(BELO AFFILIATE) -- Nicki Moore had trouble at first believing she could finally take her baby girl home Tuesday.
Born at 9.6 ounces-just over half a pound-in January, Kenna Claire Moore, is recorded as the fourth-smallest surviving baby in the world on a registry of “The Tiniest Babies.” The registry is compiled by a pediatrics professor at the University of Iowa.
Kenna spent the first six months of her life in the neonatal intensive care unit at Presbyterian Hospital. She was first scheduled to go home in June, but complications arose. She was then set to go home last week, but was too exhausted at the time.
After confirming it was time to pick up the baby, there was a mad dash to get everything ready, and a struggle to install the car seat. Kenna finally left the hospital with her mom and dad, Sam Moore, and made it to their South Charlotte home around 2:30 p.m.
“It was just a really surreal experience because for six months, we had joked about the day that we’d get to walk through the doors,” Moore said.
On Jan. 9, Kenna was delivered by C-section 24 weeks and three days into the pregnancy – a typical pregnancy lasts 40 weeks.
Her mother was diagnosed with pregnancy-induced high blood pressure at 20 weeks. A couple of weeks later, an ultrasound showed that Kenna had not been growing for about a month.
Some complications arose during her stay at the hospital, including problems with her breathing, intestines and eye development.
“From a medical standpoint, we were definitely worried that Kenna would have some issues and may not make it to the point of discharge,” said Dr. Hima Maramreddy, one of Kenna’s neonatologists. “But I don’t think that for one second the family ... ever had any doubt that she was going to do well.”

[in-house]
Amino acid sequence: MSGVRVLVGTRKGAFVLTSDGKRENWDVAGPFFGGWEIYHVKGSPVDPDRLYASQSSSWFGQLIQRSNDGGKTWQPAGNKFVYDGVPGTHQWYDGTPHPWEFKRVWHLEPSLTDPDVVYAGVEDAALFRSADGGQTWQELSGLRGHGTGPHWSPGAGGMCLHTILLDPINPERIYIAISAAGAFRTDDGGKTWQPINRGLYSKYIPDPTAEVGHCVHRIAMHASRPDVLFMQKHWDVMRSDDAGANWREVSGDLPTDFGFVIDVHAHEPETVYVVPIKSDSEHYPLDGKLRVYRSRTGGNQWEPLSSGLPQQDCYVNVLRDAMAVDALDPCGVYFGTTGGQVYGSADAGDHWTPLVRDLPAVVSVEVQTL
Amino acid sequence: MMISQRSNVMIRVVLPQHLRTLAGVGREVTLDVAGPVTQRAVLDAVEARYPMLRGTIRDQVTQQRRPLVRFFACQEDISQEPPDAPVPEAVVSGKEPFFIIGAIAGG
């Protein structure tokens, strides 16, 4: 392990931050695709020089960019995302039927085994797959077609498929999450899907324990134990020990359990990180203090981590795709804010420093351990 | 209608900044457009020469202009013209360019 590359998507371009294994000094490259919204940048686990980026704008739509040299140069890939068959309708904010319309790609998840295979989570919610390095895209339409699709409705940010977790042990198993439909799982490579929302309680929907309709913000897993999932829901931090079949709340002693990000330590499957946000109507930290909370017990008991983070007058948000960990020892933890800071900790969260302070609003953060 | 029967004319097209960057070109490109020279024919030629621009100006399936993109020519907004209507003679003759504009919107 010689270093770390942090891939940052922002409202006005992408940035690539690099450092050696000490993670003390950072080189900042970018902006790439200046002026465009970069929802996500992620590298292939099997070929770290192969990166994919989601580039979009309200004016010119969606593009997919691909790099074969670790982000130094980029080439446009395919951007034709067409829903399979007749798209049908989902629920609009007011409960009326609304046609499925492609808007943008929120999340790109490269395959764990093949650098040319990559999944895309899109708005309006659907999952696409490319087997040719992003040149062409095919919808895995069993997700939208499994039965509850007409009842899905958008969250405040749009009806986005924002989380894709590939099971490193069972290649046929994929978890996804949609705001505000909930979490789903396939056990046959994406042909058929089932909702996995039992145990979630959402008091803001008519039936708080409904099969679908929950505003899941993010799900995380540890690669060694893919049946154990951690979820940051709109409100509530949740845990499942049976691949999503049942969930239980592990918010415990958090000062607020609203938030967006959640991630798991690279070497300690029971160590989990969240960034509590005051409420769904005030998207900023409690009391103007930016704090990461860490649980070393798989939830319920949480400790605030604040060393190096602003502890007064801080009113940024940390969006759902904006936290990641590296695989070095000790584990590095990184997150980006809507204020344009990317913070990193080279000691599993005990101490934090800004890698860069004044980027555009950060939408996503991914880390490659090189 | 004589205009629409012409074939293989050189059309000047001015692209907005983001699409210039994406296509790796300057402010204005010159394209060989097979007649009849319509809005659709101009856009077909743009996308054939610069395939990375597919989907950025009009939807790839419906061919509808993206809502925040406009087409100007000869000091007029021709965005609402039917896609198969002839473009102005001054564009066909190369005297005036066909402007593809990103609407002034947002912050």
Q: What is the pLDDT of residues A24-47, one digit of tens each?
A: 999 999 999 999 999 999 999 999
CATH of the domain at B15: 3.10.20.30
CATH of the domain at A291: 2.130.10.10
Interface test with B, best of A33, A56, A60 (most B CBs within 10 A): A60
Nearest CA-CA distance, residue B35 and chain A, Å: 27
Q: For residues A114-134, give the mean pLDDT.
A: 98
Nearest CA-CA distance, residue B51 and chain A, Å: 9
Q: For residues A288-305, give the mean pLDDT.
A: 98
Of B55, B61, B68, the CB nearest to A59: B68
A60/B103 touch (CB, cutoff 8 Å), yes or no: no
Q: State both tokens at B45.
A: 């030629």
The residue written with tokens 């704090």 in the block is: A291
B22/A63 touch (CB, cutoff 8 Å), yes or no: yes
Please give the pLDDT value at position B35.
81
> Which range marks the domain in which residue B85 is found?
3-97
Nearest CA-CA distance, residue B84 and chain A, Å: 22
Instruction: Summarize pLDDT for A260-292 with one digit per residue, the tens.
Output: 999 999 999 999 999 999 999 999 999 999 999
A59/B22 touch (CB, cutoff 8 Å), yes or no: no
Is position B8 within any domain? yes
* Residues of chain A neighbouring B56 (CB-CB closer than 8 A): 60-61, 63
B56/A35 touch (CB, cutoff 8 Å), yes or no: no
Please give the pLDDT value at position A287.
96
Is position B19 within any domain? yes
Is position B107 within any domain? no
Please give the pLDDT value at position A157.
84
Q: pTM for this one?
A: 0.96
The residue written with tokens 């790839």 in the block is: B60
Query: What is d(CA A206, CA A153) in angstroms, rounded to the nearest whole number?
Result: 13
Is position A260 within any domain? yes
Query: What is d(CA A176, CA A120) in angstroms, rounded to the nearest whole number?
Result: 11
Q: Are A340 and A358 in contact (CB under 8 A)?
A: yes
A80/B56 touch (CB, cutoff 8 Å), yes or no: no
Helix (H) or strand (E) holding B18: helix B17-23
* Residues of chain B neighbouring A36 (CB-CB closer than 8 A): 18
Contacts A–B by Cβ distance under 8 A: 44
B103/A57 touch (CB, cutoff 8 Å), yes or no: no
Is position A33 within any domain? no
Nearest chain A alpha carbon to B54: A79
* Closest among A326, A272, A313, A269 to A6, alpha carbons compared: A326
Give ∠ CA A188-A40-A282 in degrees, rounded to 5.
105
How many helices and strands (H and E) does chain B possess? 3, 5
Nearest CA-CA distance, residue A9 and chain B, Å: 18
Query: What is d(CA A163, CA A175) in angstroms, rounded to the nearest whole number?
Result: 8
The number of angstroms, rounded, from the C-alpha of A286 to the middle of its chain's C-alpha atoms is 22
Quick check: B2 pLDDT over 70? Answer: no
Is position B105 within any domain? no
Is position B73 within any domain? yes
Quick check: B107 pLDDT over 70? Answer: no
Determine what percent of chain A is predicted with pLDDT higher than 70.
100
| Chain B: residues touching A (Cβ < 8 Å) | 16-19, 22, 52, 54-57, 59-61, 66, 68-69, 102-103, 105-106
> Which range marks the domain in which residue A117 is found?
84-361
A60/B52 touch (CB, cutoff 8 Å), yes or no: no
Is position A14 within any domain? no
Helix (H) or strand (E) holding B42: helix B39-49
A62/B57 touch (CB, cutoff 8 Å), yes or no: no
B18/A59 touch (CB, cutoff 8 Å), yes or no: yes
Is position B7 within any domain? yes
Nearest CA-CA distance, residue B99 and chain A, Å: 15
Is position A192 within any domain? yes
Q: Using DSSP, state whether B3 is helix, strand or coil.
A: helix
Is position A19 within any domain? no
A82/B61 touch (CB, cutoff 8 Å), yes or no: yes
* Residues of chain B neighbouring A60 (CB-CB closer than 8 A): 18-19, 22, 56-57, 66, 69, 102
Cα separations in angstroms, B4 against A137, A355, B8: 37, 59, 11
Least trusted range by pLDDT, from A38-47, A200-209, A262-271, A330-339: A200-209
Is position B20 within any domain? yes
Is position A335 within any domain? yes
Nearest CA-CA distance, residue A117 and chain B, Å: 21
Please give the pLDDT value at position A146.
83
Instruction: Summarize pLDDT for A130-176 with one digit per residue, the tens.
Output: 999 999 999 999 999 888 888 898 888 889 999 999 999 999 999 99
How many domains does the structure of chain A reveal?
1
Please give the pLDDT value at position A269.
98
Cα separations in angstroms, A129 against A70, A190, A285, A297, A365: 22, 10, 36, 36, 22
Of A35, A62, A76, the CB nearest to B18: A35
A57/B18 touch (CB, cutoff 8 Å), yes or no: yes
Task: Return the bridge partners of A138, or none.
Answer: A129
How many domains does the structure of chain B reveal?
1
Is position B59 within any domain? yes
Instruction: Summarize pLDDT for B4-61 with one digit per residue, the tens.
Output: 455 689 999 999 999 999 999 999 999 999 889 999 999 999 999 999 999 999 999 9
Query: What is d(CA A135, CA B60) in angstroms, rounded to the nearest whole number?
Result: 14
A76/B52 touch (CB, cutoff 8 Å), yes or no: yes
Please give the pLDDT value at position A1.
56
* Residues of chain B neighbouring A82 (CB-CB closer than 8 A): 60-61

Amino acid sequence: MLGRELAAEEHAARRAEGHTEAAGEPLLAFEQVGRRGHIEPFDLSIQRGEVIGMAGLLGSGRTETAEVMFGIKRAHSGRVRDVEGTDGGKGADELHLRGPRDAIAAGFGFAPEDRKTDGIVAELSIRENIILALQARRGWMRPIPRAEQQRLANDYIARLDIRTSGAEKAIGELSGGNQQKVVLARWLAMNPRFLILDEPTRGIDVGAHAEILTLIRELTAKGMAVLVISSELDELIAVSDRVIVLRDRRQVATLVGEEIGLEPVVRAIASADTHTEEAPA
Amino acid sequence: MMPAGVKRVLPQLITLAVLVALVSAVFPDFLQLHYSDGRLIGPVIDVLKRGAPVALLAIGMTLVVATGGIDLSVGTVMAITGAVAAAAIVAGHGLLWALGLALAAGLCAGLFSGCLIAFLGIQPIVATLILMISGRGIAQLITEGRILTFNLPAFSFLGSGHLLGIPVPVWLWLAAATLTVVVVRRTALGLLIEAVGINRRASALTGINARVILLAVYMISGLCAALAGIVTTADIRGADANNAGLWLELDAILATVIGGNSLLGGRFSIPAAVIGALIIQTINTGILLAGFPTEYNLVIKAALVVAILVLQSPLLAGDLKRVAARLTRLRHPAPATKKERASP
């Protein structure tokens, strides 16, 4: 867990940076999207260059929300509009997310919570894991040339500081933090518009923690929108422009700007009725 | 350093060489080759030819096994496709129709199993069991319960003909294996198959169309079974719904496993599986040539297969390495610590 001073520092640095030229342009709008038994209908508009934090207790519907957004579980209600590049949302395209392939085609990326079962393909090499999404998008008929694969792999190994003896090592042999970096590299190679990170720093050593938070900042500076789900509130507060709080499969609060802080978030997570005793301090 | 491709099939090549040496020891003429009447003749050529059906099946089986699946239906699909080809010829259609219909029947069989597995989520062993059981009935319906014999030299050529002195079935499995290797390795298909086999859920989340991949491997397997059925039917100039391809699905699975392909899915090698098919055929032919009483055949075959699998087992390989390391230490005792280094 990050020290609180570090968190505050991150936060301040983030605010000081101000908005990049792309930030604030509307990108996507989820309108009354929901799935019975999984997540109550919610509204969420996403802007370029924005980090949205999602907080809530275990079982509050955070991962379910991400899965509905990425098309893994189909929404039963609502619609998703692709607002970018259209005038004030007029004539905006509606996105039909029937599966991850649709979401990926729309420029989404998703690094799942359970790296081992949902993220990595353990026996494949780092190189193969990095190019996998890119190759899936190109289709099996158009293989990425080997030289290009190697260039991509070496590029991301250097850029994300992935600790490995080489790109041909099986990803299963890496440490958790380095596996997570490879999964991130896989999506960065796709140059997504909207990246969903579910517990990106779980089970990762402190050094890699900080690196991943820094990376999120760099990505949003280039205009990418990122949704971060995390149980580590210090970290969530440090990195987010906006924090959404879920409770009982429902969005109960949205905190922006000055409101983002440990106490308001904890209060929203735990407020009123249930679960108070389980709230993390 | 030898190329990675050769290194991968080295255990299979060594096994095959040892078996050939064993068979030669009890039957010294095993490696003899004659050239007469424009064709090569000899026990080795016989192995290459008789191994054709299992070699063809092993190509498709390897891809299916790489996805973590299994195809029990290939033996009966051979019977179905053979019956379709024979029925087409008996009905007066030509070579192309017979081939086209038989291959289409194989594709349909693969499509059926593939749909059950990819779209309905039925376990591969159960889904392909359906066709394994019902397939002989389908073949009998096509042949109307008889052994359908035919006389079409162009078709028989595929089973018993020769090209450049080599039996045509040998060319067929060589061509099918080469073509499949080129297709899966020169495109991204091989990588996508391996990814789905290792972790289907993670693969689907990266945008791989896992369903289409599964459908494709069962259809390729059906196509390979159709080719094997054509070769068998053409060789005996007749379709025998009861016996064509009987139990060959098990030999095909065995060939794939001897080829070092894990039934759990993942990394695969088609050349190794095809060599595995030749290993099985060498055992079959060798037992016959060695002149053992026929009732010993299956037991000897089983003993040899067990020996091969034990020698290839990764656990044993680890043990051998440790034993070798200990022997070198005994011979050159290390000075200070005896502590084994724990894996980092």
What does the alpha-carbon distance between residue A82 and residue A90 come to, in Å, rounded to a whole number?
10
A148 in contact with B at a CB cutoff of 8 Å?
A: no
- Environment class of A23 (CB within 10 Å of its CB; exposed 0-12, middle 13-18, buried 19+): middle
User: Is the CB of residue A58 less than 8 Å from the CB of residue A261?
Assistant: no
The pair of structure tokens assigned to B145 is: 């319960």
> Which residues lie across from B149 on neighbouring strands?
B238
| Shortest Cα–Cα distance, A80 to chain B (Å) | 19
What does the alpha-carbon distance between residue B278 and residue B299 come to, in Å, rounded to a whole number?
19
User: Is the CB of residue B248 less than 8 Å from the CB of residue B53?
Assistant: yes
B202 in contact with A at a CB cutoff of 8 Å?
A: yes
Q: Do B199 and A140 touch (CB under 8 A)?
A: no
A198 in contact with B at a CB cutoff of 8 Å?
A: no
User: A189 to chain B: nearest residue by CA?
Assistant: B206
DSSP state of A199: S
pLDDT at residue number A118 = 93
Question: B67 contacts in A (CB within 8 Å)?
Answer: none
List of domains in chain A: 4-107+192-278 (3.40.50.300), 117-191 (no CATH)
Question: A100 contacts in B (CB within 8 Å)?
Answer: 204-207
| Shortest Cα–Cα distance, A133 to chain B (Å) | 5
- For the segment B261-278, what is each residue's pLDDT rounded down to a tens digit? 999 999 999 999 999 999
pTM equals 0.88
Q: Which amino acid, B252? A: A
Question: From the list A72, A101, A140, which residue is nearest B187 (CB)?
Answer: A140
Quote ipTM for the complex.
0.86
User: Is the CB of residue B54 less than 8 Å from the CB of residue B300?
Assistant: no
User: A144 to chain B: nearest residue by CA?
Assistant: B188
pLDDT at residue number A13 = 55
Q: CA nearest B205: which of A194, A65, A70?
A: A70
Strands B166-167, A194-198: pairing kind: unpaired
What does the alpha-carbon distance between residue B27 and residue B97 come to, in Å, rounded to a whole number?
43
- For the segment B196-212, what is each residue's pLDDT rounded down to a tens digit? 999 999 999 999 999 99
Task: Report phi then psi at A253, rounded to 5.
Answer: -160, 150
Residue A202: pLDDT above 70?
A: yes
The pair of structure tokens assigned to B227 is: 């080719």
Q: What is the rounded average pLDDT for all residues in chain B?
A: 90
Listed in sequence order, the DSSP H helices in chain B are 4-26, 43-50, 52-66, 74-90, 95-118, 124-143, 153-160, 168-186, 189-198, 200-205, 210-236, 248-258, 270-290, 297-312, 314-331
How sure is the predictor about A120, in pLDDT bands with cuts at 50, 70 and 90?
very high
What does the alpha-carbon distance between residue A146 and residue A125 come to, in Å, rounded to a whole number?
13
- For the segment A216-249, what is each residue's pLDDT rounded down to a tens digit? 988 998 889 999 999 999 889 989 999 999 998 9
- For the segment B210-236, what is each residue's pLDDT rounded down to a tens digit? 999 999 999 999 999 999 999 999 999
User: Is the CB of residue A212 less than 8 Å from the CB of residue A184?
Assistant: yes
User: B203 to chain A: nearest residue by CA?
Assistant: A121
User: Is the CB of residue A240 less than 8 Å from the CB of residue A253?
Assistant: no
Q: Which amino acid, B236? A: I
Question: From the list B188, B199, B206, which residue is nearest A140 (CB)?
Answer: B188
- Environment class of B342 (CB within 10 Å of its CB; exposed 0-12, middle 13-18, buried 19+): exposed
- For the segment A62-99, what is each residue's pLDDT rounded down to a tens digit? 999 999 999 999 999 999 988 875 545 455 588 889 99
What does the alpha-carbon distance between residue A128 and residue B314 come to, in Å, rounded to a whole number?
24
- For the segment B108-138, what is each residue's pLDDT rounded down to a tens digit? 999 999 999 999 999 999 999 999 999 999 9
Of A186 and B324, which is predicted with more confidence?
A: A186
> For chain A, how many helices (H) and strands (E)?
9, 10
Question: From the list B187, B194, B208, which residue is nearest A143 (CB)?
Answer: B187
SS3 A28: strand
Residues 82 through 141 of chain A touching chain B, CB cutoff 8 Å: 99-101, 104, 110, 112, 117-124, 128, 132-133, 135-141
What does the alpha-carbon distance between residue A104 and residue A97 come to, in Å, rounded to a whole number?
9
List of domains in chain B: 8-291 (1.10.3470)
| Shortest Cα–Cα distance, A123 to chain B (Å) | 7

As of Tuesday, Kenna weighs about 6 pounds.
She slept through her first night home, which amazed her mom.
Kenna was napping quite nicely on Wednesday, too.
“So, she’s doing normal baby stuff,” Moore said. “She wakes up, she has a feeding, she gets her diaper changed, she goes back to sleep for a couple hours.”
Though she’s home now, Kenna is on oxygen to support her breathing, and sometimes she needs a feeding tube.
She’ll also have to see doctors regularly.
Maramreddy said that Kenna’s breathing, nutrition and development have to be monitored closely.
“On the one hand, there’s always the fear that some things could go wrong,” Nicki Moore said, “but that’s with every baby, every baby that you bring home. But I think that we’re really lucky because we have very strong support between the nurses and doctors.”
Maramreddy said the baby and her parents had a very positive impact on those who looked after Kenna at the hospital.
Some nurses carry around a photocopy of Kenna’s tiny footprints.
“Kenna’s spirit and her ability to fight and to recover was amazing,” Maramreddy said, “and it gave us a lot of hope for what we do.”